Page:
It was difficult for Emily to relate how that would occur but she was able to describe a little device Al made and put into the wall next to the sofa in the first floor dining area.  It was made of a very strong braided cord tied to a hook nailed into the wall.  A wooden triangle large enough for Blanche to grip with her hand was tied to the bottom of the braided cord.  Blanche had to grip this tightly and keep her left arm up as she rested on the sofa.  She liked the first floor because it was cool and quiet there.  She could doze off if she wanted to.  Blanche’s left arm was permanently two sizes bigger than her right after the mastectomy and removal of her lymph glands under her arm.  Since she went through these bouts of pain on a recurring basis, Blanche was in no rush to oversee the cleaning up of the apartment right away.  She also did not want to show the rooms to anyone, even as they began to look more tidy, little by little.

Although Blanche never complained outright her sons and daughter knew she had reached a saturation point with the apartment and renting to tenants.  Neighbors continued to inquire about the rooms but Al joked and said “We’ll see about that in a few years.”

Al and Blanche decided they weren’t going to rent to outsiders anymore.  They fixed up the rooms in anticipation of Maureen getting married.  She was willing to live with her parents and help Blanche with keeping the expense book and tax records for the house, as well as help with laundry and grocery shopping.  Eventually all six rooms in the apartment had little touches Maureen added through her craft projects and bargain shopping excursions:  colorful potholders, kitchen towels trimmed with rickrack, voile curtains with ruffles which she bought on sale at Macy’s.  In her senior year of high school Blanche and Al had bought Maureen a cedar wood Hope Chest.  This was moved upstairs and placed in the room at the back of the apartment on the third floor after Maureen got engaged. 

Topics Researched

The results of our research into the 1930 and 1940 Federal Census records for Frank’s family verify the information Emily related through this family story.  The topics researched are:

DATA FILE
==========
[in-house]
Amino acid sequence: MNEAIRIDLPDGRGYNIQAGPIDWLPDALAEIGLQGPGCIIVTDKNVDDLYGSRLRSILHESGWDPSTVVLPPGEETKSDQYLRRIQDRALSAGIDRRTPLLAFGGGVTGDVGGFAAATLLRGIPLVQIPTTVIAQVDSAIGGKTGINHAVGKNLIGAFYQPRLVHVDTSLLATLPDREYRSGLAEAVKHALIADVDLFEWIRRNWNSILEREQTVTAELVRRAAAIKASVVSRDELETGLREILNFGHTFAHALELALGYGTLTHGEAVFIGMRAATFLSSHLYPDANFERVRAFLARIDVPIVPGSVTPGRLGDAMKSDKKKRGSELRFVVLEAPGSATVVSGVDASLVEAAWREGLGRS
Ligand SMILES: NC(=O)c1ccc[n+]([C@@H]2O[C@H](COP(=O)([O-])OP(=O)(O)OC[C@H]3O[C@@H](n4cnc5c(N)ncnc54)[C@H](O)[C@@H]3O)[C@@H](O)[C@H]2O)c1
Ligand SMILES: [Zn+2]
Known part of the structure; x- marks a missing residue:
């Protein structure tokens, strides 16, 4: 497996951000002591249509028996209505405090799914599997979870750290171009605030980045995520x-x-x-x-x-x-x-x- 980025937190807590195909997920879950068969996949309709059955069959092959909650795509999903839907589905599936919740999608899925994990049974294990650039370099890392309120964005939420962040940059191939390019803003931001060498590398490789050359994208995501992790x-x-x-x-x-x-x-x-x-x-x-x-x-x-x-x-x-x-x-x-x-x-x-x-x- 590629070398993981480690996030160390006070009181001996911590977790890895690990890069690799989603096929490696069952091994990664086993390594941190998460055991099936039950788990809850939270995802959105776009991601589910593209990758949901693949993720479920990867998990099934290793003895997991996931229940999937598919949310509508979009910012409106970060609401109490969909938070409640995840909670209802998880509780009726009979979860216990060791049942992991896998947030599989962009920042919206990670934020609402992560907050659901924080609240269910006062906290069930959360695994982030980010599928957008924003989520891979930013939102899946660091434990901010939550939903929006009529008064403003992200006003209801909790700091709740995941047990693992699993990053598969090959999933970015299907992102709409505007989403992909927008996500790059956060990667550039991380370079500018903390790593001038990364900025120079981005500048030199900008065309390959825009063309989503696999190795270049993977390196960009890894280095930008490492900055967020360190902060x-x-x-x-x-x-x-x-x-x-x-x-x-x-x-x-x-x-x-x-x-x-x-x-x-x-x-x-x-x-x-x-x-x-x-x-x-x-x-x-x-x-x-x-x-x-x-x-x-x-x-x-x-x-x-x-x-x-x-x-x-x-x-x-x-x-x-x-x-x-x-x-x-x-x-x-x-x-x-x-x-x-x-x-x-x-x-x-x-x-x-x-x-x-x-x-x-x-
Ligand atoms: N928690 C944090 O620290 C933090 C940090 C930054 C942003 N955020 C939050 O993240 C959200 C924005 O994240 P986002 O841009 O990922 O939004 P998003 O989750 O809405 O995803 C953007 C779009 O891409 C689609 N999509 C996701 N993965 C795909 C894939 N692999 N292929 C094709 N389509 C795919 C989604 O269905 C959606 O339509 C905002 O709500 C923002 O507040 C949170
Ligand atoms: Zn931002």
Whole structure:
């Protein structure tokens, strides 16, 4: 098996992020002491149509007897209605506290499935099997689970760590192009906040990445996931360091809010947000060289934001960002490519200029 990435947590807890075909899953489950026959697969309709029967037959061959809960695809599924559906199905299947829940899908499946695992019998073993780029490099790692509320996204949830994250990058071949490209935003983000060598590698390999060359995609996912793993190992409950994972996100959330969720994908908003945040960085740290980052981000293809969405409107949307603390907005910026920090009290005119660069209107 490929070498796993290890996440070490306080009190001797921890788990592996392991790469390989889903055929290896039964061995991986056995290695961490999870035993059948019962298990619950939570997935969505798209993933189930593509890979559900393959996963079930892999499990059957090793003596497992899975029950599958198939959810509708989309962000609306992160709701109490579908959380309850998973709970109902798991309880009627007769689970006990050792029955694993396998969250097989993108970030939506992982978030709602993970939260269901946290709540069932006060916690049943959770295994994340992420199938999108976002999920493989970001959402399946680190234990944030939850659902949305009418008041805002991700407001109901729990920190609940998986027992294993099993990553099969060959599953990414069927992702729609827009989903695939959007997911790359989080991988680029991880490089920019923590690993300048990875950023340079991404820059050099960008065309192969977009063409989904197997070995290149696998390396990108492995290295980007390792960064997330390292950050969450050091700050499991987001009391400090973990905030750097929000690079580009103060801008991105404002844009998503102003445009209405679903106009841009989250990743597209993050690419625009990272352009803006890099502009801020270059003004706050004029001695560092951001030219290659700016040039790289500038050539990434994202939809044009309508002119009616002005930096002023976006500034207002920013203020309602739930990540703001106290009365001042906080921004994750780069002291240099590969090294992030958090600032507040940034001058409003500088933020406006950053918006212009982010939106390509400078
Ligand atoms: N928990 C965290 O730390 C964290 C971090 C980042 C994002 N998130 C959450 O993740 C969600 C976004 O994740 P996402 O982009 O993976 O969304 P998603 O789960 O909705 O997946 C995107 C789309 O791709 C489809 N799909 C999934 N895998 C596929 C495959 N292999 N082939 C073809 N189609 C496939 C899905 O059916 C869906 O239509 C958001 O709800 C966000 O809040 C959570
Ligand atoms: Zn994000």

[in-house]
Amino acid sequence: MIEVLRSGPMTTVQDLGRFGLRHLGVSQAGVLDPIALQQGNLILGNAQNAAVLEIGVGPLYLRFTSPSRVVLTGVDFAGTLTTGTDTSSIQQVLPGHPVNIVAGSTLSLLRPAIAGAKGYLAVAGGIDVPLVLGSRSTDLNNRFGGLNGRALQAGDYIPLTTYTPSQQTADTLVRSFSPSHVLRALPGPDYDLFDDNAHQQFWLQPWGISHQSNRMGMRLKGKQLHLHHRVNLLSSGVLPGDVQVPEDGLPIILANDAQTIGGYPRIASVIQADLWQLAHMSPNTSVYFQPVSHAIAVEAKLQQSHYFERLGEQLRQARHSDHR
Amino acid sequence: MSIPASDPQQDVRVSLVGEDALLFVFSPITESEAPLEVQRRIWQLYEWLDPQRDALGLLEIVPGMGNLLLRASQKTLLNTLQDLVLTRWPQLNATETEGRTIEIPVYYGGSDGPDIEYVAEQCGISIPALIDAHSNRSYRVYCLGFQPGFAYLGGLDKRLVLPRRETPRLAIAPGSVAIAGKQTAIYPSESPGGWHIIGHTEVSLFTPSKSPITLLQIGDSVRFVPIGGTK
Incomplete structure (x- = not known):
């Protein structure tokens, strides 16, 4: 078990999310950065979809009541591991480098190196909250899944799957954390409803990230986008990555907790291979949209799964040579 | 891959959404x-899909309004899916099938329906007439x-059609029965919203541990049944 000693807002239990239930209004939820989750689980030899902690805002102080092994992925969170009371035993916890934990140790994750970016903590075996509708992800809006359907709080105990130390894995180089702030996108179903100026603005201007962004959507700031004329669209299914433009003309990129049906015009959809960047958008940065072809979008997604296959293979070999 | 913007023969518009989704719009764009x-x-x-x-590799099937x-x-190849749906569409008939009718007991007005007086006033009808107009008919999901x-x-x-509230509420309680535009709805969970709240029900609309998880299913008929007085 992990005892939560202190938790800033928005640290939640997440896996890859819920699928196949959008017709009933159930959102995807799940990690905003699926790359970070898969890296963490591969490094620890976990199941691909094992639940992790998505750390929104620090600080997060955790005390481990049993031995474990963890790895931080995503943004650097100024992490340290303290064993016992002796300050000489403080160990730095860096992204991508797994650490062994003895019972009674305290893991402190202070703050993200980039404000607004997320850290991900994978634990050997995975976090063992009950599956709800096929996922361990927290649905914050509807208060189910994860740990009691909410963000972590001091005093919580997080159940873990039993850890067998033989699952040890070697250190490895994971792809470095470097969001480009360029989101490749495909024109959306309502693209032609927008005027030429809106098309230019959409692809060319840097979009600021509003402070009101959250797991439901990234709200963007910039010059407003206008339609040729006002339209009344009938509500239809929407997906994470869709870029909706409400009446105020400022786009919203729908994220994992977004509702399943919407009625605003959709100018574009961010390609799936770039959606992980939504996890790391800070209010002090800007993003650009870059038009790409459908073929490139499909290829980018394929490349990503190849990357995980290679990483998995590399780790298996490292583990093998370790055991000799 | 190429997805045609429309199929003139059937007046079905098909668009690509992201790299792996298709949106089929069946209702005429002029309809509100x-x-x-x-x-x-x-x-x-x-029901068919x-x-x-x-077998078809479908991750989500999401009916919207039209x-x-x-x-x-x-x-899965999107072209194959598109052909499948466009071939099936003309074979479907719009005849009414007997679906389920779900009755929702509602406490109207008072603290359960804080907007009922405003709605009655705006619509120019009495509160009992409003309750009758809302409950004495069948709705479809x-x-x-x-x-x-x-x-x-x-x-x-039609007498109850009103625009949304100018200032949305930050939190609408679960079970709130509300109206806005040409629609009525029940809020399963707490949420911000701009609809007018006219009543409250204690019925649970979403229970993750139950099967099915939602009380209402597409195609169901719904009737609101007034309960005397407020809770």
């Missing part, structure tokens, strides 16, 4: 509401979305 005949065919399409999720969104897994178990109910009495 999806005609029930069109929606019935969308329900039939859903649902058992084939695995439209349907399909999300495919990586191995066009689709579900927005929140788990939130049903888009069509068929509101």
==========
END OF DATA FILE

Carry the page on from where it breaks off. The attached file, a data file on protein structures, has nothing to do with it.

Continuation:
• Using the Federal Census Records to Verify parts of the family story
  • Tabor Court
  • Local news coverage about Landlord and Tenant Problems in the 1940s

Using the Federal Census Records to Verify parts of the family story

The 1930 Federal Census record reveals that Blanche and Al were living at 1256 63rd Street with Frank (born 1927) and Alfred (born 1929).  The house cost $60 a month to rent.  This address is for a home that is still in existence today, and it is located in Tabor Court.  We were delighted to find that once again another detail from Emily’s family stories has been confirmed.  As we reviewed the other families on the page, we could see that the home values in Tabor Court were very high.  Those families that did own homes had them valued at $14-15,000 in 1930.  It may have been that this was out of reach for Blanche and Al.

The 1940 Federal Census states that Blanche and Al, as well as their tenant, had been living at 7009 14th Avenue since 1935.  From this we can estimate that the house was bought sometime between 1930 and 1935.  In 1940, the 2 family house was worth $4,750.  Even in 1940, the apartment in Blanche and Al’s house had many people living there.  Michael Siciliano was a fireman and married to Anna.  They had a son, Michael Jr. who was 2 years old.  Michael’s brother-in-laws James Masse and William Masse, both single, were also living there.  This may have been a holdover of living patterns from the Great Depression when family helped each other and it was not unusual for single relatives to move in with their siblings or cousins.    James worked in a produce market and William operated a newsstand.